Marilyn: Well, I don’t want to completely leave out the screening process or the interview process, because I think that there’s just a couple of elements there that are really impactful to the, to the remainder. Right? So the onboarding process, and there’s just two things that, that I think. Recently set us apart.
[00:09:27] Right. We ensuring that you choose the right candidates. Right. So we do some really great, um, skills testing, personality testing, right. And that helps us figure out where’s this person going to be most successful. Are they going to be more successful on the sales side or the service side? So I don’t want to shortchange it.
[00:09:44] Because that really helps in the onboarding process. And then I think that the other, um, step that we take is during the interview process is ensuring that the candidates, the agents understand what a day in the life looks like. Right. Because if you set that expectation from the beginning, then once you’re in the training class and you’re onboarding right.
[00:10:03] They already understand what the role is all about. You know, the last thing that you want as you go through one week, two week, three weeks of training. And during the nesting phase say they raised their hand and say, this isn’t for me. Right. So we try to get that out of the way as best we can. But then in the onboarding process, we’ve got several different phases to training.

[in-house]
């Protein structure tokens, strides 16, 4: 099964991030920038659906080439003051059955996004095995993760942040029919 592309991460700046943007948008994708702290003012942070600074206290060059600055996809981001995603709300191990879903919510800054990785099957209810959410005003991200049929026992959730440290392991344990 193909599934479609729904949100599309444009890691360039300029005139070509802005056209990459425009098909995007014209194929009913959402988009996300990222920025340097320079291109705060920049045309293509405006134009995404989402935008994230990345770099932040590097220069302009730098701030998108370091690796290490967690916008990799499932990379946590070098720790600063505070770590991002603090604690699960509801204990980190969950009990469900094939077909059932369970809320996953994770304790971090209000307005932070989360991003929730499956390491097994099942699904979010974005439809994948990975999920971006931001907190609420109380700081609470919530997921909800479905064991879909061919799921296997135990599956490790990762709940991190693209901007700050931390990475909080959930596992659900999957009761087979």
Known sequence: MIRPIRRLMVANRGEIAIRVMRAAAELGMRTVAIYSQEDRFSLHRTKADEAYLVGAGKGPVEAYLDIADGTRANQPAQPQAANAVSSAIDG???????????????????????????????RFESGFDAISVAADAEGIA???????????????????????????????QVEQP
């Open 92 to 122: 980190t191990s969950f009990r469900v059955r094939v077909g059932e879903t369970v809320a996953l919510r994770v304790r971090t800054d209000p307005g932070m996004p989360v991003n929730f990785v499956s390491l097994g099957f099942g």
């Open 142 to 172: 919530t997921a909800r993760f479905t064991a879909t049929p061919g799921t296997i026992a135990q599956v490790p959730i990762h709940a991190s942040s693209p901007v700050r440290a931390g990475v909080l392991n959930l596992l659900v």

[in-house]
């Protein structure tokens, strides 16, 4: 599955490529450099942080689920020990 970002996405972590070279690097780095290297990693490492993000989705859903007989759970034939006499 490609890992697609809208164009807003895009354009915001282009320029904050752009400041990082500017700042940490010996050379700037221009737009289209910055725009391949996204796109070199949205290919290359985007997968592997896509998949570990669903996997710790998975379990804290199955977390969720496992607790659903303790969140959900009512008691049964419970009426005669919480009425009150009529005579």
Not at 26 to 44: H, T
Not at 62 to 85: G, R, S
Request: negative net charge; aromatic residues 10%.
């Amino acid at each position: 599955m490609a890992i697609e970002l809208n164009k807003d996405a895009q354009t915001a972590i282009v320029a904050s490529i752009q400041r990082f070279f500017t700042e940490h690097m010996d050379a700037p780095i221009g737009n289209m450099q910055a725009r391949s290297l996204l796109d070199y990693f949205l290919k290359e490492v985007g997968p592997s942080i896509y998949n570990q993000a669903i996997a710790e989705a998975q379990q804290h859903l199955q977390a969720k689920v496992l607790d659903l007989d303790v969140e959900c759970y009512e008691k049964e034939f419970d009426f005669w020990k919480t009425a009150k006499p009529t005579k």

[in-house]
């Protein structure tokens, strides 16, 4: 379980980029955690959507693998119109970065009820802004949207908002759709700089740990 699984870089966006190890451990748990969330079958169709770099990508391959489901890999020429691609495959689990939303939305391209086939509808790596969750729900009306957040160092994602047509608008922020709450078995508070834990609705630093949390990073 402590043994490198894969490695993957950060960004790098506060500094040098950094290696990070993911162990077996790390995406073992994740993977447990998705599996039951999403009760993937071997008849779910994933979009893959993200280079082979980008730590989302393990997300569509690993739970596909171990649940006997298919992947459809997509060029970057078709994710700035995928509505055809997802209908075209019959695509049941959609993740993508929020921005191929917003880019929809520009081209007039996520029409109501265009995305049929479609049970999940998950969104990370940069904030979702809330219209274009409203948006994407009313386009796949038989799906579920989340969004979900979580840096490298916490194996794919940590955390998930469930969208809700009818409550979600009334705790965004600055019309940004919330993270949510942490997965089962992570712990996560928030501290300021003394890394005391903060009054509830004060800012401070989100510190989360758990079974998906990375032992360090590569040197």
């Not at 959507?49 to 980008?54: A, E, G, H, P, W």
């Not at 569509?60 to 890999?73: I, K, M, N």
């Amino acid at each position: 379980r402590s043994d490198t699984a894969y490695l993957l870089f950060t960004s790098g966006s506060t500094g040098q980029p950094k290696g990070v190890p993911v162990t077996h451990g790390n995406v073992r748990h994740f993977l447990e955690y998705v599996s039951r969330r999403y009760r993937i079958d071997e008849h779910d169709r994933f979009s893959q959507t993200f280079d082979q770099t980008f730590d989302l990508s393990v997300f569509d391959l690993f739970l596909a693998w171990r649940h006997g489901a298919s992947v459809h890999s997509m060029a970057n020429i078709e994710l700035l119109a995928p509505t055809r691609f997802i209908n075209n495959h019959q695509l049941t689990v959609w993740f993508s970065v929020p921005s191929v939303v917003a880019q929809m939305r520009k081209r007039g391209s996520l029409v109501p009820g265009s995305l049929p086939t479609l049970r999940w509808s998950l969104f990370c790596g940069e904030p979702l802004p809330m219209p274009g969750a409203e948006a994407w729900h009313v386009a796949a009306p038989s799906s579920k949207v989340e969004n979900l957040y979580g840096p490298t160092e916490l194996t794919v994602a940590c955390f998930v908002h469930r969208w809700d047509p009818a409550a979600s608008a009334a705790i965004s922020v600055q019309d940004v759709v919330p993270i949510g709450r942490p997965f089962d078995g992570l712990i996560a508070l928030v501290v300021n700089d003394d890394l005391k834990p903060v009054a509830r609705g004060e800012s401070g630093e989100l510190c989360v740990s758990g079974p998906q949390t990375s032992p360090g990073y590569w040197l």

[00:10:19] Um, we’ve got our phase one training and that’s a week long training class. I know BPO’s that don’t take quite as long, but we place a lot of value in phase one training. That’s where they really learn everything about transparent BPO. They really get immersed in our culture and our values. And that’s really important to, to us because our I’m sure you’ve probably heard it, um, on Scott’s session perhaps, but our core values really are our guiding principle.